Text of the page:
Dvorák: Cello Concerto; Dohnányi: Konzertstück
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|1. Concerto For Cello And Orchestra In B Minor, Op. 104: Concerto for Cello and Orchestra in B minor, Op. 104: (Allegro)|
|2. Concerto For Cello And Orchestra In B Minor, Op. 104: Concerto for Cello and Orchestra in B minor, Op. 104: Adagio, ma non troppo|
|3. Concerto For Cello And Orchestra In B Minor, Op. 104: Concerto for Cello and Orchestra in B minor, Op. 104: Finale: Allegro moderato|
|4. Konzertstuck for Cello and Orchestra in D major, Op. 12: Konzertstuck for Cello and Orchestra in D major, Op. 12: Allegro non troppo|
|5. Konzertstuck for Cello and Orchestra in D major, Op. 12: Konzertstuck for Cello and Orchestra in D major, Op. 12: Adagio|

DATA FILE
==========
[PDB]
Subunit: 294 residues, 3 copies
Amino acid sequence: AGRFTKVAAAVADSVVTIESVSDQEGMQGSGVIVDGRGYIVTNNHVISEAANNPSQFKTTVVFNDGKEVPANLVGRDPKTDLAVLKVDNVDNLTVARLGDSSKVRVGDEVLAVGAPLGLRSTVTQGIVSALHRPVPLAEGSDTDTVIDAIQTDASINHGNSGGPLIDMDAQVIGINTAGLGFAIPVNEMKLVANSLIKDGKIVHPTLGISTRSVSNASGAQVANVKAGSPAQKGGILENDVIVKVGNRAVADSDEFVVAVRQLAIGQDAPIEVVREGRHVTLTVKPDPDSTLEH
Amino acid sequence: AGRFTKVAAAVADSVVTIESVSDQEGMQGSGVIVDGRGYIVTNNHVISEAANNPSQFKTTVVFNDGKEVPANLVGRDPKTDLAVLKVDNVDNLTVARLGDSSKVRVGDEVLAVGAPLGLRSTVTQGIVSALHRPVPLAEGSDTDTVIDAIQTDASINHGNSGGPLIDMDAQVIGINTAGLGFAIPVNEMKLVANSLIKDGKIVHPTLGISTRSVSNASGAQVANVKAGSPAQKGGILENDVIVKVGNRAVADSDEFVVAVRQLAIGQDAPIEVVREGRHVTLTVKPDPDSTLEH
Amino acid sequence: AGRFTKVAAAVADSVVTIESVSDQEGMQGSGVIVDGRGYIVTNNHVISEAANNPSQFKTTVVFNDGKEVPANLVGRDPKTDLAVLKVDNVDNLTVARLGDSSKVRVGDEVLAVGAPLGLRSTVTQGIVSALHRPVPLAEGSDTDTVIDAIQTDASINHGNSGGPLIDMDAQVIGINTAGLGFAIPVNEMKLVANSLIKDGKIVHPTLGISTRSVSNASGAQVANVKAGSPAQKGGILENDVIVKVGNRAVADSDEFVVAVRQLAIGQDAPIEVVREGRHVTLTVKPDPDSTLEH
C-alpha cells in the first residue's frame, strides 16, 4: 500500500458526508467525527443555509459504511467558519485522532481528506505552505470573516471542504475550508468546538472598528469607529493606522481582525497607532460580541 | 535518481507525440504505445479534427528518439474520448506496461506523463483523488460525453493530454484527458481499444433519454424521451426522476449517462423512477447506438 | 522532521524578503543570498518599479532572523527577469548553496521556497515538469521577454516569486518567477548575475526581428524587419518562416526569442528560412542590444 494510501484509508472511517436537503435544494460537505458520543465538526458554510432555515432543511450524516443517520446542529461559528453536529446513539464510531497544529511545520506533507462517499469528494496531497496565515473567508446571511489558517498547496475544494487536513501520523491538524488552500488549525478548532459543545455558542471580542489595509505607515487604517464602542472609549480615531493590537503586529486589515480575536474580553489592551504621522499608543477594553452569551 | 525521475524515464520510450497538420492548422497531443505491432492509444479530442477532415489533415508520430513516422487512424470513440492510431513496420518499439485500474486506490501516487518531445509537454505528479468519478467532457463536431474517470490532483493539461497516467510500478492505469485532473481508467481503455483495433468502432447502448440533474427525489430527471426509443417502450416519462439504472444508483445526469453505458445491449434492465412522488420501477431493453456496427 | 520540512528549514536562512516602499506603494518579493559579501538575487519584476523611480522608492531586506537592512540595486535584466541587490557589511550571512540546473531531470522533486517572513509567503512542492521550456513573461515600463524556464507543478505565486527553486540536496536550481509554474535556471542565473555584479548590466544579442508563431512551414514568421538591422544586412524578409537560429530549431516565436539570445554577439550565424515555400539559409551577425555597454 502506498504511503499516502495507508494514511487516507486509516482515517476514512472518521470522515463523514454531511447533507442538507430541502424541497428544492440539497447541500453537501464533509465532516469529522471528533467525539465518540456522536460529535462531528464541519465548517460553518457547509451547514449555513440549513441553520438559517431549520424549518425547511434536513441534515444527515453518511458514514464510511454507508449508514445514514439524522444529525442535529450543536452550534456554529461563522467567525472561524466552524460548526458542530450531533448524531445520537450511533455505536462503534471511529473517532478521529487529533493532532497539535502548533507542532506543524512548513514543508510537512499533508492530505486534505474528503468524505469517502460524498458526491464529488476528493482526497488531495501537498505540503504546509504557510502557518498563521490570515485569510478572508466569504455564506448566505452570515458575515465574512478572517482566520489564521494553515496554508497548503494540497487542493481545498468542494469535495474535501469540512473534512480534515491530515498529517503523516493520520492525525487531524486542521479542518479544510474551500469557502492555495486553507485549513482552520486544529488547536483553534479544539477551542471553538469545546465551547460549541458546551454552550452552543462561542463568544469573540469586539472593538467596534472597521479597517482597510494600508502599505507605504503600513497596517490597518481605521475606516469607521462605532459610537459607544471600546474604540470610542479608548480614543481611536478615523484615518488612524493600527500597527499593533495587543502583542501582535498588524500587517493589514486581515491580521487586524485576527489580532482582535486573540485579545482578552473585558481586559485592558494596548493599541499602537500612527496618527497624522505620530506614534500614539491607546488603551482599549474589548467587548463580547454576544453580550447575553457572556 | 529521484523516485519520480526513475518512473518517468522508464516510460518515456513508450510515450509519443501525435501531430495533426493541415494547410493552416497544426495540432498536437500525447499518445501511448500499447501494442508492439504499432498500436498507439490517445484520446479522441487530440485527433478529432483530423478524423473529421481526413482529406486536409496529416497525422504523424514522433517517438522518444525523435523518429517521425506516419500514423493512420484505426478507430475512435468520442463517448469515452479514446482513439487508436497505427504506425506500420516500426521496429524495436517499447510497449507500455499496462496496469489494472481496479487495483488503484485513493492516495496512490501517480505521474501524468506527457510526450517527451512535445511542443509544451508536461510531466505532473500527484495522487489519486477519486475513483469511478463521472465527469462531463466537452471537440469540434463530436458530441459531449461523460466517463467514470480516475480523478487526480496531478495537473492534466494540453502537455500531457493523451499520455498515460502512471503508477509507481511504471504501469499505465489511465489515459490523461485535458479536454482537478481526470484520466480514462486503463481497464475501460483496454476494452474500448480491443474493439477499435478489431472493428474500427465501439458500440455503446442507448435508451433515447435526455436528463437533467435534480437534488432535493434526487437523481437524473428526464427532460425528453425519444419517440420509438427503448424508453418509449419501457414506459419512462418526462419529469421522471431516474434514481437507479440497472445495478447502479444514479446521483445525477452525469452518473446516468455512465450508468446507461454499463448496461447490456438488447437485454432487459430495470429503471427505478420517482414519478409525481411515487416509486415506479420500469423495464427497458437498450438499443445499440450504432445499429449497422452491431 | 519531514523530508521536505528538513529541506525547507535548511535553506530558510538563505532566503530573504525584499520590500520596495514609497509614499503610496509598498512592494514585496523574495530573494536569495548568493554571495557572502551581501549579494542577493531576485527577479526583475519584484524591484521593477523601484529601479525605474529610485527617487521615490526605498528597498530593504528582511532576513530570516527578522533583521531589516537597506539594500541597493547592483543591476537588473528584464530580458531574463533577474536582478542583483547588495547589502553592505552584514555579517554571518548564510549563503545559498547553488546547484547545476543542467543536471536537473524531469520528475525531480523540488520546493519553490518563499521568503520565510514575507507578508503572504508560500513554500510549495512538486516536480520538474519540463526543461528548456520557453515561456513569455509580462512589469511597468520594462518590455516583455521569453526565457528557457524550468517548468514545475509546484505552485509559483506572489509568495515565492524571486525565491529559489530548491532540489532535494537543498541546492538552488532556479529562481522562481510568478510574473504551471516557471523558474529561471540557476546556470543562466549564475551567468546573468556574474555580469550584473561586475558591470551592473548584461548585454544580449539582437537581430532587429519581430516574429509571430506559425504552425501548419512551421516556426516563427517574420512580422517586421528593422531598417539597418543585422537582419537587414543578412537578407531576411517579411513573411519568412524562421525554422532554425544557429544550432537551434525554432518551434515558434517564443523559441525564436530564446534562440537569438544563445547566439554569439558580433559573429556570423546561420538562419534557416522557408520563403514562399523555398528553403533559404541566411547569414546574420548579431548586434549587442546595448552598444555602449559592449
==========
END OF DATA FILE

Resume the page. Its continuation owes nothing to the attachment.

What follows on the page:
|6. Konzertstuck for Cello and Orchestra in D major, Op. 12: Konzertstuck for Cello and Orchestra in D major, Op. 12: Tempo I|
Dvorak's Cello Concerto is simply the best one ever written. In fact, there is no other area of the concerto repertoire that is so dominated by a single work. Brahms loved it, and every cellist that ever lived to make a record has recorded it--or tried to. It's also so well written that it's actually pretty hard to do badly, though some have managed, of course. Charles Mackerras was a student in Prague of the great Czech conductor Vaclav Talich, and he conducts Czech music as well as anyone alive. Rafael Wallfisch is a superb cellist who realizes, more than most, that his performance must sound like the ultimate cello and orchestra experience. It certainly does. --David Hurwitz